This has resulted in intense overwork for public nurses. In 2018, emergency room nurses saw a 32 per cent increase in overtime hours worked compared to the year prior. For critical care unit nurses, this was an increase of 77 per cent. It doesn’t take a medical expert to see that filling a hospital with fatigued, overstretched nurses is a recipe for disaster. From October to December of 2017, the months directly after emergency room closures, there were 43 critical mistakes reported by Manitoba Health, which Manitoba Nurses’ Union president Darlene Jackson attributes to overwork. One incident involved a woman who was incorrectly given a lumpectomy. It should be stated that this isn’t the fault of the nurses, but rather the natural consequence of cuts to healthcare spending. A recent study from the U.K. found a clear link between austerity measures and increases in preventable deaths.  

But all this clearly wasn’t enough for Pallister. In November of 2017, Pallister froze funding for Winnipeg ambulance services, which translated into a cut while taking inflation into account. Back in 2018, the PC government demanded the Winnipeg Regional Health Authority (WRHA) find $83 million in savings. Later that same year, they demanded an additional $36 million. 

It only takes a glance to see that the government has continued this trend of austerity well into 2020. Manitoba’s current regional healthcare board, which was appointed in May 2020, is composed overwhelmingly of people without any experience in healthcare. According to a report by Press Progress, “In total, only eight trained healthcare professionals are currently appointed across Manitoba’s five regional health boards.” Compare this to the 32 out of 59 health board appointees who come from prominent positions in business and finance. Most of the people on this supposed health board aren’t even qualified enough to administer a bandaid, let alone determine healthcare policy. 

Enter COVID-19 

Manitoba identified its first case of COVID-19 on March 12, 2020, and by March 20, the province declared a state of emergency. On April 1, the province ordered the closure of all “non-critical” services, which included restaurants, bars, and hair salons. Despite reacting quickly, the government was unwilling to commit for very long, reversing these measures almost immediately. Manitoba was in fact one of the provincial governments to reopen quickest. CBC referred to it as “one of the most aggressive economic restarts of any Canadian province.” As early as May, they announced the reopening of restaurants, pubs, hair salons, and most retail stores that had been closed. Public schools were also opened at the beginning of the fall semester. The government “recommended” students from grades 5 to 12 wear masks, but didn’t require it.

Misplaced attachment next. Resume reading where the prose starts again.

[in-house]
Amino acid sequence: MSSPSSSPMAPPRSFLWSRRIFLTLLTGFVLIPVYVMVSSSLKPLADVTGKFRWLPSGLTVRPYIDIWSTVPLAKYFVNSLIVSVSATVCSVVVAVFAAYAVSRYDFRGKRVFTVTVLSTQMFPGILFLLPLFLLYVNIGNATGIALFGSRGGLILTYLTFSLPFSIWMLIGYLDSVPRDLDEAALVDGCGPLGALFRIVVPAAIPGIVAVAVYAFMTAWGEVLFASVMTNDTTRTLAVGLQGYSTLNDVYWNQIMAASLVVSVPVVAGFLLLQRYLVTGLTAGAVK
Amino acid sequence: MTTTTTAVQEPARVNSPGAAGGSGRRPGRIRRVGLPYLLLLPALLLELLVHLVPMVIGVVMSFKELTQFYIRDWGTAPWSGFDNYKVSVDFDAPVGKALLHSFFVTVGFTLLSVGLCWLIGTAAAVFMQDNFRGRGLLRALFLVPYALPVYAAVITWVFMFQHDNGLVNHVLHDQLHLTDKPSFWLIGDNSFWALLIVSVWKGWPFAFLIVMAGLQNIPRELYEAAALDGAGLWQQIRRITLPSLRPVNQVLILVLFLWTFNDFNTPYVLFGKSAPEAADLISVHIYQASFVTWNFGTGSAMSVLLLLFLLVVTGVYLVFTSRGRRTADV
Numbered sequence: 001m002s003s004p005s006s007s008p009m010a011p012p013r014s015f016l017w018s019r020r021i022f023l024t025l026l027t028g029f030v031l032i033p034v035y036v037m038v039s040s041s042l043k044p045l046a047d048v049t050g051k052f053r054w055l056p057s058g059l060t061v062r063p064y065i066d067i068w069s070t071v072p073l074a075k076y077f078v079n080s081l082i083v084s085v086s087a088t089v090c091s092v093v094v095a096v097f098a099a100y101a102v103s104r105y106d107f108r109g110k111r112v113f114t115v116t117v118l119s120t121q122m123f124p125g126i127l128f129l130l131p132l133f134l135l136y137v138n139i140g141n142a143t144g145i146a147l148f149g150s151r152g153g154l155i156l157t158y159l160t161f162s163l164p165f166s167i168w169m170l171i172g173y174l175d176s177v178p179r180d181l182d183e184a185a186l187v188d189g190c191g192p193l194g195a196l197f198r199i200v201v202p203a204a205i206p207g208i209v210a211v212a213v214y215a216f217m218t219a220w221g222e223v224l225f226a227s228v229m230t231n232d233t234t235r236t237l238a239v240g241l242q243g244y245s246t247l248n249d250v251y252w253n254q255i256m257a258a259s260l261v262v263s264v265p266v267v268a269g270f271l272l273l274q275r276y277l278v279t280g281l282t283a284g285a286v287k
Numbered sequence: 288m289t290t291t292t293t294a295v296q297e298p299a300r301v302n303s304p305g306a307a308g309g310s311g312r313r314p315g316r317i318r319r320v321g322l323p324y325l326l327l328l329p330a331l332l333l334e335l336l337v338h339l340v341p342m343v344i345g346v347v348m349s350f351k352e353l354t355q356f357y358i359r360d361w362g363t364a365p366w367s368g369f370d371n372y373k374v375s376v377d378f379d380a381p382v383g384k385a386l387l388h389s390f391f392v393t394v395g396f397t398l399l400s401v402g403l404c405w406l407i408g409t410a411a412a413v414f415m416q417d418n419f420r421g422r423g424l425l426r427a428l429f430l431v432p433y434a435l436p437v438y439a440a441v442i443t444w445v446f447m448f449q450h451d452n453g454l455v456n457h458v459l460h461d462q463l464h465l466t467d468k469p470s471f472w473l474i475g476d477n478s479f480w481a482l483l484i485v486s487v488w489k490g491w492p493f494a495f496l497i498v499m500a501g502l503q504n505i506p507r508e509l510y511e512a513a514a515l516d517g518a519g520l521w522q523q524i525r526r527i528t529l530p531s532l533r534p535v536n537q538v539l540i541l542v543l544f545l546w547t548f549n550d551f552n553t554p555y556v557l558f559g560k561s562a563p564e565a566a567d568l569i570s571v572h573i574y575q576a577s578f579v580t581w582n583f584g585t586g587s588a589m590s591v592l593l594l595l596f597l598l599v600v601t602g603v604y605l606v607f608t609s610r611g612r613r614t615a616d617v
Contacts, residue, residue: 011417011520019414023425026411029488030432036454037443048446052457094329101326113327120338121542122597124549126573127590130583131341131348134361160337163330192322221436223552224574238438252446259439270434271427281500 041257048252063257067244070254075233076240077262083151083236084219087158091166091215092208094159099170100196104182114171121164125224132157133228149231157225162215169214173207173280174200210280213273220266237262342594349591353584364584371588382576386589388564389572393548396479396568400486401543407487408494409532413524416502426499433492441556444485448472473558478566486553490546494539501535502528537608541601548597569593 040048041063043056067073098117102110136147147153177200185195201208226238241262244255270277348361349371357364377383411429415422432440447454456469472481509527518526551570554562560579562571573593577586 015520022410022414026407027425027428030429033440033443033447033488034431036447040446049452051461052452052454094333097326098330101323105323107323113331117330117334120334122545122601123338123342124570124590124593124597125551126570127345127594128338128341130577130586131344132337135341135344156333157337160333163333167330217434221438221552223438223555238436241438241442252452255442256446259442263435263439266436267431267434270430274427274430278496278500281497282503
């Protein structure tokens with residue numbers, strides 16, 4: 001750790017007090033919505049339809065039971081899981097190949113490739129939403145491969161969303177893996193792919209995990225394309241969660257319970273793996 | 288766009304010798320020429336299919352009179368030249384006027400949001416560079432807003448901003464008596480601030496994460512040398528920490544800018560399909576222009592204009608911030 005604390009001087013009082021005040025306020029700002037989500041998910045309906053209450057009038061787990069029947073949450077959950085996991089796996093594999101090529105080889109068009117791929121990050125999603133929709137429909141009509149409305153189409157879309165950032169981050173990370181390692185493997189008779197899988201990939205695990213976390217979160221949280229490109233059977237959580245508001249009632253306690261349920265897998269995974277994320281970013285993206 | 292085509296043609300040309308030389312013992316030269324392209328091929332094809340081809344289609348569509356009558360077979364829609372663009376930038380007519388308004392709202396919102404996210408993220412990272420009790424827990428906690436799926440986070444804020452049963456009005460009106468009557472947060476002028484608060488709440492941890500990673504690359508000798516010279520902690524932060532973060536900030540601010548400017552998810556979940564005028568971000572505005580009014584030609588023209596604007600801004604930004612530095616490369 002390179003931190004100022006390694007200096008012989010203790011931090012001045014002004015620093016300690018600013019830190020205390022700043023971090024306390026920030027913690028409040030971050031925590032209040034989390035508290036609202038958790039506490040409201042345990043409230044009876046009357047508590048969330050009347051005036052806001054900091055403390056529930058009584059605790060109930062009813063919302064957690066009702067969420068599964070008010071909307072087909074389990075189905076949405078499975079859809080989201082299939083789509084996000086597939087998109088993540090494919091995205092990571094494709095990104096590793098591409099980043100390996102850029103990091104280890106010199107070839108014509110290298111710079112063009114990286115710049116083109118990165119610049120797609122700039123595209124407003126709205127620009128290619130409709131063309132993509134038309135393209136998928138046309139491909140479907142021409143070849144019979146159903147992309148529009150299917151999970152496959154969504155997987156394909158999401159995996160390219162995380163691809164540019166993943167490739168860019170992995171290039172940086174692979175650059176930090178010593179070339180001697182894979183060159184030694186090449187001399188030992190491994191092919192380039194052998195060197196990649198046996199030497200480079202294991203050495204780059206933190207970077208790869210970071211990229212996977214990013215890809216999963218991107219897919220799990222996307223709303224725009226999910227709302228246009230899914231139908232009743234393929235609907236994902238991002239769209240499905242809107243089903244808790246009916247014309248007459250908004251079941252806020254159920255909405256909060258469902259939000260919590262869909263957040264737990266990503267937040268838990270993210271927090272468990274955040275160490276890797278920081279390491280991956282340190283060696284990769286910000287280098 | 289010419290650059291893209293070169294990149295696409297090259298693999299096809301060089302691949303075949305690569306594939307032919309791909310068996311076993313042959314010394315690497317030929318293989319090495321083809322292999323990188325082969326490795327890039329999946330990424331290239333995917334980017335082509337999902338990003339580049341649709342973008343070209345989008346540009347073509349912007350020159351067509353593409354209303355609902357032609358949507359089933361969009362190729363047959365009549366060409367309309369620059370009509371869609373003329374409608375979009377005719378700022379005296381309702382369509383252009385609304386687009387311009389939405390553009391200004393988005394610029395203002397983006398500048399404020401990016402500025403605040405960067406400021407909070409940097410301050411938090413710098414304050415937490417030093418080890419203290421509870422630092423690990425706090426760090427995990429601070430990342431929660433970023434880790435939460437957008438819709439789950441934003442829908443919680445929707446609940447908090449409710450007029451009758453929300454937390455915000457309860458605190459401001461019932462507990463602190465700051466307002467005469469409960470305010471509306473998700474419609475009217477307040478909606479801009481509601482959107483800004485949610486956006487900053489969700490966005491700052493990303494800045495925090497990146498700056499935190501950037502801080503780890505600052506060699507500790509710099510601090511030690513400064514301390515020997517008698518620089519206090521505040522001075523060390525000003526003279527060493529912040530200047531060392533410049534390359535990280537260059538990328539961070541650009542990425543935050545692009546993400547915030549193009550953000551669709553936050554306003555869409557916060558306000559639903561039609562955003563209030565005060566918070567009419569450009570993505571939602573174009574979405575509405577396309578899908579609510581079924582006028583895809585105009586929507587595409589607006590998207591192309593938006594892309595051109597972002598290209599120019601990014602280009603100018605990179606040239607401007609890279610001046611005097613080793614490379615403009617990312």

Source: Government of Manitoba

The PCs rolled out the reopening with incredible fanfare, shelling out half a million dollars of public funds on a special ad campaign. They even went so far as to pay people to come out of lockdown! The government offered up to $2,000 dollars to anyone who rejected federal COVID relief money and instead worked at least 30 hours a week. 

The plan certainly wasn’t carried out without criticism. During the summer a petition criticising the reopening was popular enough to garner over 40,000 signatures. In November, two separate open letters, signed by hundreds of doctors. calling for a comprehensive lockdown and emergency funding to deal with the COVID-19 pandemic were released less than a week apart from one another. At the time, Health Minister Cameron Friesen suggested that the two open letters were released specifically to “cause chaos,” which is incredibly insulting considering these were proposals designed to prevent the chaos caused by government policy.

Reopening went as terribly as one may expect. At the beginning of November, the government announced a monstrous jump of 1,141 new cases, which put them at the highest infection rate in the country. The government was forced to do a complete 180 and transitioned into some of the most heavy-handed COVID measures of any of the provinces. Manitoba switched into “code red”, banning all social gatherings, restricting travel to and from Northern Manitoba, and completely closing restaurants, gyms, bars, hair salons, libraries, movie theaters, and concert halls, among others (although the sale of Christmas decorations curiously remained open over the holidays).